A recurring topic in the psychoanalytic literature, the Uncanny, has long been subject to an irresistible fascination within the art world – thus becoming a “curatorial leitmotif” for museums and galleries worldwide. Despite its cultural centrality and significance, however, the idea has rarely been examined with regard to the photographic medium.
Parasol unit bridges this gap with Magical Surfaces: The Uncanny In Contemporary Photography, a group show that brings together works devised over the past four decades by Sonja Braas, David Claerbout, Elger Esser, Julie Monaco, Jörg Sasse, Stephen Shore and Joel Sternfeld. Deriving its title from Vilem Flusser’s Towards a Philosophy of Photography, in which the Czech author elaborates on the “magical power of images”, the exhibition finds its conceptual and aesthetic premise in Romantic Idealism (German philosopher Friedrich Schelling was among the first to write of ’das Unheimlich’/the Uncanny) and in Freudian psychoanalysis, defining that which is uncanny as something that appears familiar, and yet also oddly unfamiliar, to its beholder.
It is this very ambiguity, this cognitive dissonance, that serves as the common thread binding the twenty-four artworks on display: whether achieved through image manipulation that blurs the line between reality and fantasy, such as in the work of Sonja Braas, Elger Esser, Julie Monaco and Jörg Sasse, through the juxtaposition of contrasting elements giving the composition a dreamlike quality (Stephen Shore and Joel Sternfeld) or, again, through the assemblage of different timelines, analogue and digital, document and fiction (David Claerbout) – an undeniable sense of unease and dislocation permeates this one-of-a-kind exhibition.
Magical Surfaces is curated by Ziba Ardalan, founder/director of Parasol unit, who kindly agreed to answer a few of our questions
When did you become interested in the “uncanny”?
The “uncanny” is part of life. I was certainly aware of the concept in my adult life, although since the 1980s, its presence has been felt more in life and art.
And how did the exhibition come together?
Although by definition photography incorporates the concept of the uncanny – presenting reality (familiar), and yet manipulating it and thus allowing for the unfamiliar to happen – I do not recall contemporary photography being made the focus of such a show on the subject of the uncanny. Other art forms have been explored within this concept however. I was waiting for an institution devoted to photography to do this exhibition, but finally decided we will do it at Parasol unit. After all, the foundation often does out of the box exhibitions.
What were the inspirations behind the show?
So many..... the book written by Vilem Flusser Towards a philosophy of Photography, which describes the image/surface as magical; Sigmund Freud’s remarkable essay on the Uncanny; the book The Ground of the Image by Jean-Luc Nancy. There is a fascinating array of works out there to be inspired by.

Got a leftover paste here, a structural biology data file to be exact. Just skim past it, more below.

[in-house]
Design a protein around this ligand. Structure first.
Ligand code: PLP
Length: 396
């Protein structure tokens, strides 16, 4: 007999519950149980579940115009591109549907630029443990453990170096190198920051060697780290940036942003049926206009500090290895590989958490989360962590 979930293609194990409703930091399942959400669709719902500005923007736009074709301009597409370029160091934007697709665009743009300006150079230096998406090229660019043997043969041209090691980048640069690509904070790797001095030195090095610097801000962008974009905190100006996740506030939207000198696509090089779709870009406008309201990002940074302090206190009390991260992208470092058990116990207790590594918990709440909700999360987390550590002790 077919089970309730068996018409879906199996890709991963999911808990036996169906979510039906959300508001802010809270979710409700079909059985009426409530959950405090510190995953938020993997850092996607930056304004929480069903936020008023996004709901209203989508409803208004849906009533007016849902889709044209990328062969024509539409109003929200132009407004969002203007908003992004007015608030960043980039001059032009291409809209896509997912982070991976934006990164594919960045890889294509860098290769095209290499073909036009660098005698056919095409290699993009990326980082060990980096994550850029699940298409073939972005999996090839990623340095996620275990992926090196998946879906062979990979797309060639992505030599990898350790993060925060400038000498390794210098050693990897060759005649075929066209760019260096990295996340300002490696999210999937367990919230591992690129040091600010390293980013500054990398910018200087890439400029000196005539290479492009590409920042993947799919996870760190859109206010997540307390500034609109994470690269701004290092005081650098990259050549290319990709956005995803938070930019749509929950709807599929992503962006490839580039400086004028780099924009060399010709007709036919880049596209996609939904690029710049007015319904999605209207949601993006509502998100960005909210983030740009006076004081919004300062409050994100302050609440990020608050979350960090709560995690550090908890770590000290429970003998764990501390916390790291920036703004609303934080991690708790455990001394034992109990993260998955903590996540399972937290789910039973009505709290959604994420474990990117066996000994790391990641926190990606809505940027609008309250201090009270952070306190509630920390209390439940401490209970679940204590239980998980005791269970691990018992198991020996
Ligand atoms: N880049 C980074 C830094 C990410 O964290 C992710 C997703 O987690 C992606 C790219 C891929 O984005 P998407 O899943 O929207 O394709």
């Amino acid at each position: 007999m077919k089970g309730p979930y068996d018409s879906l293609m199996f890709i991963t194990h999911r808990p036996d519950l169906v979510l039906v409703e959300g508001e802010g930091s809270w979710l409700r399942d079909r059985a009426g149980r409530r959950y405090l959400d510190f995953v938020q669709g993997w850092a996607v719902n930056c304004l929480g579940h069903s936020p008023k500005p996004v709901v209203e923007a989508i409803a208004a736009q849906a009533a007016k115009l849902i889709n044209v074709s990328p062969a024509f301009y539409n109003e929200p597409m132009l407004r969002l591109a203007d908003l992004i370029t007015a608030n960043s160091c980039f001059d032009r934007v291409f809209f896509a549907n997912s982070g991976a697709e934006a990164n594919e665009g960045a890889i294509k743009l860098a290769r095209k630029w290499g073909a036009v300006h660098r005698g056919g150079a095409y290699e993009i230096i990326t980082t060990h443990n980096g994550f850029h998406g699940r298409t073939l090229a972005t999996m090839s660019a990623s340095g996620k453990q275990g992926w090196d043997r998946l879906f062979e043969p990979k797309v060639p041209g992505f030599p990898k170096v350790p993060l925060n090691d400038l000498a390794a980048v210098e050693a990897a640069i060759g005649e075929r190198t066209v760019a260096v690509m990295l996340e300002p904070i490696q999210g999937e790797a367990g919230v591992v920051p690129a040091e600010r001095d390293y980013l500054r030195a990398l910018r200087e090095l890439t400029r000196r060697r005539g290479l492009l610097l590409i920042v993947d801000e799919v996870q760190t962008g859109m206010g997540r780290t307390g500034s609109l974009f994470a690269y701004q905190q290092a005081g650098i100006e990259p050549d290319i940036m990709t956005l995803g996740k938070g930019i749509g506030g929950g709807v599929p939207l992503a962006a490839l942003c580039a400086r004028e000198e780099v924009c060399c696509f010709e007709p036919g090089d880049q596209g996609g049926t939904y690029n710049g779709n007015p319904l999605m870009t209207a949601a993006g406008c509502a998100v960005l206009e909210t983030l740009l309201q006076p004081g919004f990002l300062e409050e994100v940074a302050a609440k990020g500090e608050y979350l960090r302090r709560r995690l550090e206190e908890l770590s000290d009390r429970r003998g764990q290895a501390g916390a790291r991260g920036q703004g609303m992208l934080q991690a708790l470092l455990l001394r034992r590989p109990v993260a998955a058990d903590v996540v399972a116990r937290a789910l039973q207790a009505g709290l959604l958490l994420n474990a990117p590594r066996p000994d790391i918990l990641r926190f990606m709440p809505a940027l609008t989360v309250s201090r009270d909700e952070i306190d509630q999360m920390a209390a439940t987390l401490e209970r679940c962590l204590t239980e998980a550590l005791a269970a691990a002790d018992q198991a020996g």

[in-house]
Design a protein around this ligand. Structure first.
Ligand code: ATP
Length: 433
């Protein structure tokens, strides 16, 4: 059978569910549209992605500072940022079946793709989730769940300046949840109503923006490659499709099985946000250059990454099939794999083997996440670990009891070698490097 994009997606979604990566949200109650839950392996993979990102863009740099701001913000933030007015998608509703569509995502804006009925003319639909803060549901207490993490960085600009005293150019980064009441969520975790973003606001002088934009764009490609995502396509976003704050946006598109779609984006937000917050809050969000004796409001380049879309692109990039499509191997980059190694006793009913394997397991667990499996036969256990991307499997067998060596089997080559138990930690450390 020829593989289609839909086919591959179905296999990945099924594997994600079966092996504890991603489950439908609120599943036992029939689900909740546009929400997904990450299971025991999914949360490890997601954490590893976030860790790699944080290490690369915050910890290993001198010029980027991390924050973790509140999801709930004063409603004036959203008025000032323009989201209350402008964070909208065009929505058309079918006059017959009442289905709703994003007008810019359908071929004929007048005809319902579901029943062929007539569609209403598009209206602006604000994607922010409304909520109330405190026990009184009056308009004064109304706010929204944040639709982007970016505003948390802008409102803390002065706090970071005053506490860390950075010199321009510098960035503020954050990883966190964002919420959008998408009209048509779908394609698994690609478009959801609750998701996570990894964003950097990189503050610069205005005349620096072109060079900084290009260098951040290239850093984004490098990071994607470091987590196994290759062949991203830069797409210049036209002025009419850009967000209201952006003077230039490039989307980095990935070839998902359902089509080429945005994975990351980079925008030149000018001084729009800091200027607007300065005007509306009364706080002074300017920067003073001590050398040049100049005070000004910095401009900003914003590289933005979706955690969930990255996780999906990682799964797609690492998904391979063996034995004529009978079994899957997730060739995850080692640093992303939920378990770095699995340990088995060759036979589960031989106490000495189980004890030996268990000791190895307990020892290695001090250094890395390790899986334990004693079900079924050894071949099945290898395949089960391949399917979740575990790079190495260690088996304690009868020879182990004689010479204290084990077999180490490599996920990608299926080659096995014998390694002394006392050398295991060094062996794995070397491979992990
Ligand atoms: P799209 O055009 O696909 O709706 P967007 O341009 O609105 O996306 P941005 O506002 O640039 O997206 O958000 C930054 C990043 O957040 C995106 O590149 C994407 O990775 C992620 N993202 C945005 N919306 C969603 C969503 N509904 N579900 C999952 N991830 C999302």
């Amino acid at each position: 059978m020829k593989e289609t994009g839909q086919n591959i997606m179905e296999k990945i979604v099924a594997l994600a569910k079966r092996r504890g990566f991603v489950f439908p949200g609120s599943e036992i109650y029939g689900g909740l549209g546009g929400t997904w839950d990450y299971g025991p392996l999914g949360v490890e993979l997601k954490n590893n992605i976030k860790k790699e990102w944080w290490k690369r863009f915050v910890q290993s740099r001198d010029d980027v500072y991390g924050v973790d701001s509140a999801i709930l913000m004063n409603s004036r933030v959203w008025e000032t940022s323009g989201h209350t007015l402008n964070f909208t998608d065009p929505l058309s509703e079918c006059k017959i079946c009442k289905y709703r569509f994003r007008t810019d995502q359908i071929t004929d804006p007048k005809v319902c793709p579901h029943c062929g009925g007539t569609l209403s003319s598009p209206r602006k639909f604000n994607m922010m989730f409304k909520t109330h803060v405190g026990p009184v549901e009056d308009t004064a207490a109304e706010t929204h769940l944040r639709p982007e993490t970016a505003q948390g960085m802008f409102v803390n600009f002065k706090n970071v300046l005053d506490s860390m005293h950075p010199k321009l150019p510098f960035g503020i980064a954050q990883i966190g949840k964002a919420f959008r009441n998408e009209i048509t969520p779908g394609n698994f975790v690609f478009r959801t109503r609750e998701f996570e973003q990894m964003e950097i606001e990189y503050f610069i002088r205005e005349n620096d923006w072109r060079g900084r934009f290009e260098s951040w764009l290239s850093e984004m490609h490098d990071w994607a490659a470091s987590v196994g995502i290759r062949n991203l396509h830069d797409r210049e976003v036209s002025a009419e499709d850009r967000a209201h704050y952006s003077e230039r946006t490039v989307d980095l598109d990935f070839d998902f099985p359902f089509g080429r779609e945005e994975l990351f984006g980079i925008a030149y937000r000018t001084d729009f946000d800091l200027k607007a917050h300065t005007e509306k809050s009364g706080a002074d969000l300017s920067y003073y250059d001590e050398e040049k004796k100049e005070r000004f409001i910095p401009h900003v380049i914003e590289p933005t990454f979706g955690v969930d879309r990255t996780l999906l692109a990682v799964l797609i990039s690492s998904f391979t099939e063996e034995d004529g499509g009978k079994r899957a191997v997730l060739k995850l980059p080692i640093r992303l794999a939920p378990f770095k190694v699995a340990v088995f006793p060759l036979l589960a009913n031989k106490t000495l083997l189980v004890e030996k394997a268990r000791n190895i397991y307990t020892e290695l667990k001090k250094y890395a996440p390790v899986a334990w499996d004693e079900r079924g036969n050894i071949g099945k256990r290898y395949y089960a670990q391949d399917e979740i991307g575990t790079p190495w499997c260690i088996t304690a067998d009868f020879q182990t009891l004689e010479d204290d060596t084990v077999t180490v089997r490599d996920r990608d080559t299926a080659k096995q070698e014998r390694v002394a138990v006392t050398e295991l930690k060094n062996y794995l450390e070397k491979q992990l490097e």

Magical Surfaces brings together seven artists, each with a very distinctive approach to the theme of the exhibition. If we had to divide them into two groups, I would distinguish between a Romantic group, if you like, in whose work the line between reality and fiction is eerily indistinct and the uncanny almost transfigures into the sublime through the use of either digital or analogue manipulation – a group that includes Elger Esser, Sonja Brass, Julie Monaco and Jörg Sasse – and one formed by Stephen Shore and Joel Sternfeld, whose works, in my view, maintain what we may call an unmistakable documentary intent. I am probably oversimplifying, but would you agree with this repartition?
Absolutely, and again the concept of the “sublime” is another special field which has been well investigated, but like the uncanny, it defies to be pinned down. The German artists in the Magical Surfaces exhibition have of course been influenced by the Romantic tradition, because of Caspar David Friedrich, but also much more with Goethe and Beethoven and so many other Romantics.
David Claerbout deserves a specific mention, as, to me, he doesn’t really fit either group; what do you think?
You are correct. However, he is closer to Stephen Shore and Joel Sternfeld. He is indeed unique in the way he creates the sense of the uncanny.
Which of the works on display, if I may ask, has the uncanniest appeal to you?
Wow, I usually never make such statements. But they all have something special, depending on our point of view. We are each affected differently by the nature of the uncanny as well as its intensity.
As a last question, what’s next for Parasol unit?
A solo exhibition of work by Bangladeshi-born, London-based artist Rana Begum, her first major institutional UK show, will open on 29 June 2016 and should be very beautiful. Following that on 1 October 2016, we will present a long awaited exhibition of works from the 80s and 90s by Robert Therrien. Really very few people know of these amazingly intelligent, simple-looking, yet sophisticated works by the American artist.
Magical Surfaces: The Uncanny in Contemporary Photography will be on display until 19th June at Parasol unit, 14 wharf Road, London N1 7RW
Words by Jacopo Nuvolari @jacopo982